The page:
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I spend a lot of time traveling the country and talking to C-store operators about their business, goals, and what they want to accomplish with the beer category. The most frequent opportunity that operators struggle with? How to grow foot traffic. The key to growing inside sales is increasing foot traffic, and the first step in assessing foot traffic health is to look at your regular shopper base. In C-stores, 98 percent of beer sales are baseline, with just 2 percent attributed to incremental sales1. This means that shoppers come to C-stores with a brand and package in mind. C-store shoppers are habitual. On average, they make 26 trips per month, 85 percent more than non-beer shoppers. They also are loyal. Nearly two in three buy at the same store or chain everyday2 .Lastly, they are particular. If they can’t find their preferred brand and package, 33 percent of beer shoppers will leave and not return3That’s why maintaining a proper beer assortment is essential.

Four thousand new breweries opened in 20174 and C-store operators are inundated with suppliers coming in every day selling new above-premium products. We know what you’re being asked to do and we understand the business is transforming. However, despite the allure of craft, 72 percent of all beer cases sold in the convenience channel are premium light and economy brands. On top of that, 40 percent of all items sold in C-stores represent 80 percent of revenue. Shelf space is valuable! Too often, we see operators lose focus on their core brands and give valuable cooler space instead to the slow-selling, high-margin SKUs. Fast nickels beat slow dimes every day.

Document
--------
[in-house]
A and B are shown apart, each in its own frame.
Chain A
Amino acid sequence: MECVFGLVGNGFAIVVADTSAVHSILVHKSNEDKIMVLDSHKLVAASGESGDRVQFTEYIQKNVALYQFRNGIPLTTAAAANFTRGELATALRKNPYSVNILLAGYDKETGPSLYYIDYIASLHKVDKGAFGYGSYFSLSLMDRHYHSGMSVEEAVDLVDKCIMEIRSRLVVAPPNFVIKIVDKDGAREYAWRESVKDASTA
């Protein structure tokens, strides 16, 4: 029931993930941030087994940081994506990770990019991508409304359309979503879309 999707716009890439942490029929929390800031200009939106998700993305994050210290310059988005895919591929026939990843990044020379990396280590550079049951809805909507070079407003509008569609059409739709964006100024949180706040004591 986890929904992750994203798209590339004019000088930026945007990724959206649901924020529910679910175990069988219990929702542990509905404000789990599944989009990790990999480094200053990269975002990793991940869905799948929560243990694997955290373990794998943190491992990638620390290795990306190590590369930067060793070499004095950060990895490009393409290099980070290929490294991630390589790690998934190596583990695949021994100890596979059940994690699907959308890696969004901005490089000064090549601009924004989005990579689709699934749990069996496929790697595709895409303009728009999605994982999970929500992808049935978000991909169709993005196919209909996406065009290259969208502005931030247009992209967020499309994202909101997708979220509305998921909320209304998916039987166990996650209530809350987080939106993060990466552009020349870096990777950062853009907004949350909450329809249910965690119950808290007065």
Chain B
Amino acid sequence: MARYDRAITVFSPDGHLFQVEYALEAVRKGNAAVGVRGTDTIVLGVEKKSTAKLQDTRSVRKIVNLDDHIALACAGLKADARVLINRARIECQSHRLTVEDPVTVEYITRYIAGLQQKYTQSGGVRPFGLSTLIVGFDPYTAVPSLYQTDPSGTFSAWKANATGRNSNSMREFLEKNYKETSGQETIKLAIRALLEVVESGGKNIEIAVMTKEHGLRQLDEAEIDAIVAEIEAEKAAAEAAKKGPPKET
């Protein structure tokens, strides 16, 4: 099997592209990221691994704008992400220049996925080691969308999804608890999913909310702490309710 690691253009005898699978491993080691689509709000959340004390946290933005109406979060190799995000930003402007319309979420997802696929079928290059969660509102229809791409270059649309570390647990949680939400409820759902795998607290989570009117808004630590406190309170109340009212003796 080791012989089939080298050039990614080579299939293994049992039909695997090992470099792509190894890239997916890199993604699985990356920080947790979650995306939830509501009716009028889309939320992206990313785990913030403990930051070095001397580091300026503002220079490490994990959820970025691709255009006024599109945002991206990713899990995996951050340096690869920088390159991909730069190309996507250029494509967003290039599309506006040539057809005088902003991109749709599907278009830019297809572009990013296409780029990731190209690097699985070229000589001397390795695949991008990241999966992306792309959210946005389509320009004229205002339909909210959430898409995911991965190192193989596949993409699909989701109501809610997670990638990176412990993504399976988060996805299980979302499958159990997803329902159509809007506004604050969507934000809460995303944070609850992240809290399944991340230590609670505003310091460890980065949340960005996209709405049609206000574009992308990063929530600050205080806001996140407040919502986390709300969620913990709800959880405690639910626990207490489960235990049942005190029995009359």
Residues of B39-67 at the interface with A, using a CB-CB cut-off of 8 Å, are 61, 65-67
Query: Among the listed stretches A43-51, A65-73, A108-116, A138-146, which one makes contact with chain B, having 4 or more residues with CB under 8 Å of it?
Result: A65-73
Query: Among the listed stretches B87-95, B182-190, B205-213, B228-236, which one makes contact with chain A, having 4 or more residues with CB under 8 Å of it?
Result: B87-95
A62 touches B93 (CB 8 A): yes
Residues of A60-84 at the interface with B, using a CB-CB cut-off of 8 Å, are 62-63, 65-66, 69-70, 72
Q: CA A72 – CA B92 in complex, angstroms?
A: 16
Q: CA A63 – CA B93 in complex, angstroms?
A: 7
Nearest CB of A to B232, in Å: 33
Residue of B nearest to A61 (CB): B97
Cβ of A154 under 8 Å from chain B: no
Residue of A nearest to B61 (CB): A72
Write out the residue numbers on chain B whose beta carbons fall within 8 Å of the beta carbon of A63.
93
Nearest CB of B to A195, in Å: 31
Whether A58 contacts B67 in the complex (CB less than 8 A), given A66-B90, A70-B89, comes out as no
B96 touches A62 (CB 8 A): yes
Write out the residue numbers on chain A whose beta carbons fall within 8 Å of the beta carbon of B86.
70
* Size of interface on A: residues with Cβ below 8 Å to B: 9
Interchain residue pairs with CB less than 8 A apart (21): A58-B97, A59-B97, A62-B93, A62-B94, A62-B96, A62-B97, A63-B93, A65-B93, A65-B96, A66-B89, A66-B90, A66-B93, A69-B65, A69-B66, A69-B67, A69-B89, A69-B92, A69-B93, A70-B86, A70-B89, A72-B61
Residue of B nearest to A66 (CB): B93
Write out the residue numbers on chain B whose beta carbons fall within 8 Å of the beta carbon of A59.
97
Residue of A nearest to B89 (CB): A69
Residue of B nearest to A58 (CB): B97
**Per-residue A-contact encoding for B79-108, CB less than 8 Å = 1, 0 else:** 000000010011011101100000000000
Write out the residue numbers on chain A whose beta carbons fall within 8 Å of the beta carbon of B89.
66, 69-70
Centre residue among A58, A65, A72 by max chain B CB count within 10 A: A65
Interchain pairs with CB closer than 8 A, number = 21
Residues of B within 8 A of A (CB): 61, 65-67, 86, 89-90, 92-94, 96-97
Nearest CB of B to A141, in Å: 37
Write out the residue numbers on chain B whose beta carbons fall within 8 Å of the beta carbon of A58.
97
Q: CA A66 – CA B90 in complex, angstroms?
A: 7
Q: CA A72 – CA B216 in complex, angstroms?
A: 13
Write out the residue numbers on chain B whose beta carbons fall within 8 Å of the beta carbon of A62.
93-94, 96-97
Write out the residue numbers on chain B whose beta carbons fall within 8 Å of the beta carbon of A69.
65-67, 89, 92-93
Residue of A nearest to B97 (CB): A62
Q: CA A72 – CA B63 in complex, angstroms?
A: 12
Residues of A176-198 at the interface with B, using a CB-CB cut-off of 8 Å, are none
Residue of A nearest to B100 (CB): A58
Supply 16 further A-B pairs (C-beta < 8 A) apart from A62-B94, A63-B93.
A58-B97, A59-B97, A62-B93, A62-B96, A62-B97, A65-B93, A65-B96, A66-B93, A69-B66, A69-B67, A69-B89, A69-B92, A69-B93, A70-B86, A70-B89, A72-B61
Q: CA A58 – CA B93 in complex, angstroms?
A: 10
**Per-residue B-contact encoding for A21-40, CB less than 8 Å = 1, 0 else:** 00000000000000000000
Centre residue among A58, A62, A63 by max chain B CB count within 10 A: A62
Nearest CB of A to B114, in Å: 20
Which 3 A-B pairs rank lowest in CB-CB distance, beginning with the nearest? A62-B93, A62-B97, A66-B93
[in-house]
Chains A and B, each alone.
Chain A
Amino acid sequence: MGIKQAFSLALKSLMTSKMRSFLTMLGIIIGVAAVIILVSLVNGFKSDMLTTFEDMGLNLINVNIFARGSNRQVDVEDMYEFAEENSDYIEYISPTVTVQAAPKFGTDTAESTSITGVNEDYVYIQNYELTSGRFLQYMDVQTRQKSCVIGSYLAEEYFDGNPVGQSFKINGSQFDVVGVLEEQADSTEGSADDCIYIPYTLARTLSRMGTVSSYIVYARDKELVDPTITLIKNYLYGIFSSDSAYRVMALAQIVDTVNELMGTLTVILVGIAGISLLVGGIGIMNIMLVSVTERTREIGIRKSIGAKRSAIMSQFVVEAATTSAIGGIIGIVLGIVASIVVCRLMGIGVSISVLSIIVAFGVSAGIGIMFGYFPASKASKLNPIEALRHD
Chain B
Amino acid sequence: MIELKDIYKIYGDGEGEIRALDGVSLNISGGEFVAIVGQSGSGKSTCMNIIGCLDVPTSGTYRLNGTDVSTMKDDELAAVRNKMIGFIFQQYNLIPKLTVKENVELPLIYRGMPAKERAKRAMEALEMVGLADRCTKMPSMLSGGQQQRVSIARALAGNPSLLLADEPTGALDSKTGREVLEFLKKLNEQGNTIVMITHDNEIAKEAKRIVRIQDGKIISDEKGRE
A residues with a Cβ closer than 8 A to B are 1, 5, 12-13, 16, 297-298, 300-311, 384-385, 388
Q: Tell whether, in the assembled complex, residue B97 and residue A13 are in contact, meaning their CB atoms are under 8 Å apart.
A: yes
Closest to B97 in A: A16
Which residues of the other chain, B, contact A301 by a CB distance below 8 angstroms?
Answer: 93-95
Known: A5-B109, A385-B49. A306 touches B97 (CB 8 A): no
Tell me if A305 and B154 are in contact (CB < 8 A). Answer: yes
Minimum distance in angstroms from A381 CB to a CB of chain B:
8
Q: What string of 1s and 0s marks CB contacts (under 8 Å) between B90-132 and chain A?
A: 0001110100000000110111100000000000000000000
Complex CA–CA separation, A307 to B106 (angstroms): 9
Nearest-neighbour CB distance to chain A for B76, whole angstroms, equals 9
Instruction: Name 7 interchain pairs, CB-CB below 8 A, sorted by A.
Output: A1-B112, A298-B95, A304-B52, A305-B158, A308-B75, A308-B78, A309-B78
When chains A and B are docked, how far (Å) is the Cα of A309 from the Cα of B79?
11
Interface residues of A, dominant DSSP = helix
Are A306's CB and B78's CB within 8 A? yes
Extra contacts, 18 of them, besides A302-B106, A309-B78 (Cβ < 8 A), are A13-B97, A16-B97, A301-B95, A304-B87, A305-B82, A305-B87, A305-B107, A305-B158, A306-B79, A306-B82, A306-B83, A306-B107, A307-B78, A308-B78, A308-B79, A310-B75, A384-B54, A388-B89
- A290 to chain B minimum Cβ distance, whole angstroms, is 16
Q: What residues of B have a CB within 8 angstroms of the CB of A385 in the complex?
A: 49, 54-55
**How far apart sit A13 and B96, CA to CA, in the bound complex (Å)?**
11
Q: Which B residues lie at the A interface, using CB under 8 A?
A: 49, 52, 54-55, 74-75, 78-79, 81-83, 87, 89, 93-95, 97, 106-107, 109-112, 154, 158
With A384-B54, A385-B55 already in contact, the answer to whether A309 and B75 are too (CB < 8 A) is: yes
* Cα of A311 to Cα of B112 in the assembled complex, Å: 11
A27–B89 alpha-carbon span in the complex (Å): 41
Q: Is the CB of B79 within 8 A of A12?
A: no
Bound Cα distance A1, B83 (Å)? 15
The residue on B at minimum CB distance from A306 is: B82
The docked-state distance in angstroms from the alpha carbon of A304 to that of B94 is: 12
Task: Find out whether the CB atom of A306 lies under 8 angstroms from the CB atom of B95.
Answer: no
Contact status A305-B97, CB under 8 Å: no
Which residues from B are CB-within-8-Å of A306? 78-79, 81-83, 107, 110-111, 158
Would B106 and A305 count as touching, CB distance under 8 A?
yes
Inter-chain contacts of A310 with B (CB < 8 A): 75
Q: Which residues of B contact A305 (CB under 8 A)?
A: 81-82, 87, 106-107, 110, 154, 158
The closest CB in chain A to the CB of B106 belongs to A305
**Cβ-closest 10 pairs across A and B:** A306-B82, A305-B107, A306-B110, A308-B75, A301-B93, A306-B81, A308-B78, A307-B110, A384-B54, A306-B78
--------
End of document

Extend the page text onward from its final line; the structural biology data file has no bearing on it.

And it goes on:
Click play to view sales progression over time.

Small packs are key

In addition to ensuring customers can buy the brands they prefer, pack size matters. Ninety percent of beer transactions in C-stores are 12-packs or smaller. Small beer multipacks comprise three-quarters of category sales and provide one of the largest C-store basket rings — more than twice the average. Twelve-packs are especially important5. They rank as the No. 1 multipack in dollar sales and play a key role in two of the three occasions that drive shoppers to C-stores: relaxing and connecting.

Beer shoppers make their decision based on occasion. Because of that, every segment — from Mexican imports to premium lights to flavored malt beverages to economy beer — plays a role. Balance is critical, and to focus on just the hot brand or the top-selling item at the expense of balance can be damaging to your business.

Be sure to get the premium light and economy segments right.

Among the best things you can do for your business is to offer core SKUs and ensure you’ve got enough days of supply on hand. What are the core SKUs? In short: premium lights and economy brands, including brands like Miller Lite, Coors Light, Miller High Life and Keystone Light, which account for 72 percent of total case volume sold in C-stores. Together, these segments drive about 80 percent of beer trips.

These are the brands beer shoppers expect to find at C-stores. Shoppers over-index in their likelihood to purchase both premium lights and economy brands in the C-store channel.

Nielsen Category fundamental shoppers survey, Q4 2016

That’s why it makes sense for C-stores to lean into premium lights to drive conversion. They are the largest segment and have the most consumer reach in the beer category6. Their shoppers spend the most per trip, and have nine times the rate of sale of craft and FMBs, and nearly three times that of imports7. Yet, since 2013, the number of premium light SKUs has fallen 5 percent despite the total number of beer SKUs increasing by 29 percent. When operators look to why their traffic is down, beer assortment is usually a good place to start. So, it’s no surprise that in 2017, C-stores that carried both 12-packs of cans and bottles for the three major premium light brands (Miller Lite, Coors Light and Bud Light) sold 9.6 percent more beer on average than stores that didn’t carry these core brands8.